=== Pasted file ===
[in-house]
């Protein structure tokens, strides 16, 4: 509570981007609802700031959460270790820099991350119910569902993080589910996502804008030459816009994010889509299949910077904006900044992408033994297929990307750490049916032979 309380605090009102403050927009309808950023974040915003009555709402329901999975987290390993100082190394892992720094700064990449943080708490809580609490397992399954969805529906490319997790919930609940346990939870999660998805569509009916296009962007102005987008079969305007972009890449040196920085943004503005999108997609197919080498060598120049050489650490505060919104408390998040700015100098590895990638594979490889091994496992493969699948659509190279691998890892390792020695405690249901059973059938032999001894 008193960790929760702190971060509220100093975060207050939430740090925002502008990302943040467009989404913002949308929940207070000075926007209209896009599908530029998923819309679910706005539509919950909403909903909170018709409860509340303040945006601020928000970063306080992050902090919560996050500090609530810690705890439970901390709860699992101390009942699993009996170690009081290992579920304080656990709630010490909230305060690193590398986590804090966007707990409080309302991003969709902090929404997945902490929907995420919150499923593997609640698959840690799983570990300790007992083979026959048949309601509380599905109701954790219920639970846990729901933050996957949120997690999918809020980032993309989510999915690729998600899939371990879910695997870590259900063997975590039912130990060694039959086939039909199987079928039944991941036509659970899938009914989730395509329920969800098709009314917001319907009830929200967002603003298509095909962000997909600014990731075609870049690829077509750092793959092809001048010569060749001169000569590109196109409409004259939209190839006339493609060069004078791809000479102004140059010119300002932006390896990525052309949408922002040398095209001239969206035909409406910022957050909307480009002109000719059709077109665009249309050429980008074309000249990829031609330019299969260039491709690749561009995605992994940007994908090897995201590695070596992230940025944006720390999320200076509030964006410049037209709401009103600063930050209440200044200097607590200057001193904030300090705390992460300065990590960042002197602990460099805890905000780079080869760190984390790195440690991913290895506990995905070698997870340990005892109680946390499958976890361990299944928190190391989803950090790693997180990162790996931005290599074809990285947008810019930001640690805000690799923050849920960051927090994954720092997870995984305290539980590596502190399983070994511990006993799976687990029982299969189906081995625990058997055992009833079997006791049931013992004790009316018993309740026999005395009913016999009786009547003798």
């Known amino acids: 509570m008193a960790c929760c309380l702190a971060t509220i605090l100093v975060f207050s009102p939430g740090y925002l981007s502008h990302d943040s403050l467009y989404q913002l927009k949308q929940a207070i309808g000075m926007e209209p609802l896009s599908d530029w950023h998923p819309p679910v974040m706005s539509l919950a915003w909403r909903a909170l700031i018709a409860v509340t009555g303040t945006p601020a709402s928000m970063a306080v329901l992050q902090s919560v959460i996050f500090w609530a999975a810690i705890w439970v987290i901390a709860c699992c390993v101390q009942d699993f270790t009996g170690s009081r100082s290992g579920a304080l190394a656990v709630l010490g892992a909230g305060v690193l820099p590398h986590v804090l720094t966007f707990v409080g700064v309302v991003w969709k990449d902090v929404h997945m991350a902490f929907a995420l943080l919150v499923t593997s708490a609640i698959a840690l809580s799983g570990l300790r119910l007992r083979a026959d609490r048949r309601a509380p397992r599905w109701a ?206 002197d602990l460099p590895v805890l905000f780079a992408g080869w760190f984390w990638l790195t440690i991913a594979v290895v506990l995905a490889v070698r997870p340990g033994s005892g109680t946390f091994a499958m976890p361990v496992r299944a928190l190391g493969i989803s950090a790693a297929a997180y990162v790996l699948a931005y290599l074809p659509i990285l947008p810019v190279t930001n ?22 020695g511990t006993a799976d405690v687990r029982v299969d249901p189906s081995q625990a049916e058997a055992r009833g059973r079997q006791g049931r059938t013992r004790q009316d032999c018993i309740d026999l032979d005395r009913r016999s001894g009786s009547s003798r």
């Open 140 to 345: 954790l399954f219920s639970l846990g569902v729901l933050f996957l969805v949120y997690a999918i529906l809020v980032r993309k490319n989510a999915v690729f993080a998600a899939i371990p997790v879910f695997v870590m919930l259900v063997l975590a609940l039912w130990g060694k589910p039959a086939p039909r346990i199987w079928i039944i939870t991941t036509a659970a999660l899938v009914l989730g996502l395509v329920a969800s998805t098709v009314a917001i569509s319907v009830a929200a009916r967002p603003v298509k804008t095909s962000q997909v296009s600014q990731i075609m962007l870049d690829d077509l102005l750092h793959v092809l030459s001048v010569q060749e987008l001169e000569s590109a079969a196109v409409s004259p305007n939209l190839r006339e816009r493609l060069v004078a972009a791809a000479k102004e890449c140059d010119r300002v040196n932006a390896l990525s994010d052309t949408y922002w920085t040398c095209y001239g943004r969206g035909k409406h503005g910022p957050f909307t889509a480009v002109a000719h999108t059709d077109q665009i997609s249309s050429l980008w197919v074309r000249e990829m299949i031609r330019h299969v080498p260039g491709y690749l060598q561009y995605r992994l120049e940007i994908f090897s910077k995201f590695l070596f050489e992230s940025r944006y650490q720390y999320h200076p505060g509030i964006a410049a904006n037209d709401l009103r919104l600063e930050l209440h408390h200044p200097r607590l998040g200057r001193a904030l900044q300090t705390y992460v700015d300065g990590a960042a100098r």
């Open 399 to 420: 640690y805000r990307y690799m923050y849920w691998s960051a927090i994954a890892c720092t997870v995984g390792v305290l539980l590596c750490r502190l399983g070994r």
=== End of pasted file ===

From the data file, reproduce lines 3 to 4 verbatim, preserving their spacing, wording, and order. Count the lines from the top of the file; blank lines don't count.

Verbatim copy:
């Known amino acids: 509570m008193a960790c929760c309380l702190a971060t509220i605090l100093v975060f207050s009102p939430g740090y925002l981007s502008h990302d943040s403050l467009y989404q913002l927009k949308q929940a207070i309808g000075m926007e209209p609802l896009s599908d530029w950023h998923p819309p679910v974040m706005s539509l919950a915003w909403r909903a909170l700031i018709a409860v509340t009555g303040t945006p601020a709402s928000m970063a306080v329901l992050q902090s919560v959460i996050f500090w609530a999975a810690i705890w439970v987290i901390a709860c699992c390993v101390q009942d699993f270790t009996g170690s009081r100082s290992g579920a304080l190394a656990v709630l010490g892992a909230g305060v690193l820099p590398h986590v804090l720094t966007f707990v409080g700064v309302v991003w969709k990449d902090v929404h997945m991350a902490f929907a995420l943080l919150v499923t593997s708490a609640i698959a840690l809580s799983g570990l300790r119910l007992r083979a026959d609490r048949r309601a509380p397992r599905w109701a ?206 002197d602990l460099p590895v805890l905000f780079a992408g080869w760190f984390w990638l790195t440690i991913a594979v290895v506990l995905a490889v070698r997870p340990g033994s005892g109680t946390f091994a499958m976890p361990v496992r299944a928190l190391g493969i989803s950090a790693a297929a997180y990162v790996l699948a931005y290599l074809p659509i990285l947008p810019v190279t930001n ?22 020695g511990t006993a799976d405690v687990r029982v299969d249901p189906s081995q625990a049916e058997a055992r009833g059973r079997q006791g049931r059938t013992r004790q009316d032999c018993i309740d026999l032979d005395r009913r016999s001894g009786s009547s003798r």
């Open 140 to 345: 954790l399954f219920s639970l846990g569902v729901l933050f996957l969805v949120y997690a999918i529906l809020v980032r993309k490319n989510a999915v690729f993080a998600a899939i371990p997790v879910f695997v870590m919930l259900v063997l975590a609940l039912w130990g060694k589910p039959a086939p039909r346990i199987w079928i039944i939870t991941t036509a659970a999660l899938v009914l989730g996502l395509v329920a969800s998805t098709v009314a917001i569509s319907v009830a929200a009916r967002p603003v298509k804008t095909s962000q997909v296009s600014q990731i075609m962007l870049d690829d077509l102005l750092h793959v092809l030459s001048v010569q060749e987008l001169e000569s590109a079969a196109v409409s004259p305007n939209l190839r006339e816009r493609l060069v004078a972009a791809a000479k102004e890449c140059d010119r300002v040196n932006a390896l990525s994010d052309t949408y922002w920085t040398c095209y001239g943004r969206g035909k409406h503005g910022p957050f909307t889509a480009v002109a000719h999108t059709d077109q665009i997609s249309s050429l980008w197919v074309r000249e990829m299949i031609r330019h299969v080498p260039g491709y690749l060598q561009y995605r992994l120049e940007i994908f090897s910077k995201f590695l070596f050489e992230s940025r944006y650490q720390y999320h200076p505060g509030i964006a410049a904006n037209d709401l009103r919104l600063e930050l209440h408390h200044p200097r607590l998040g200057r001193a904030l900044q300090t705390y992460v700015d300065g990590a960042a100098r």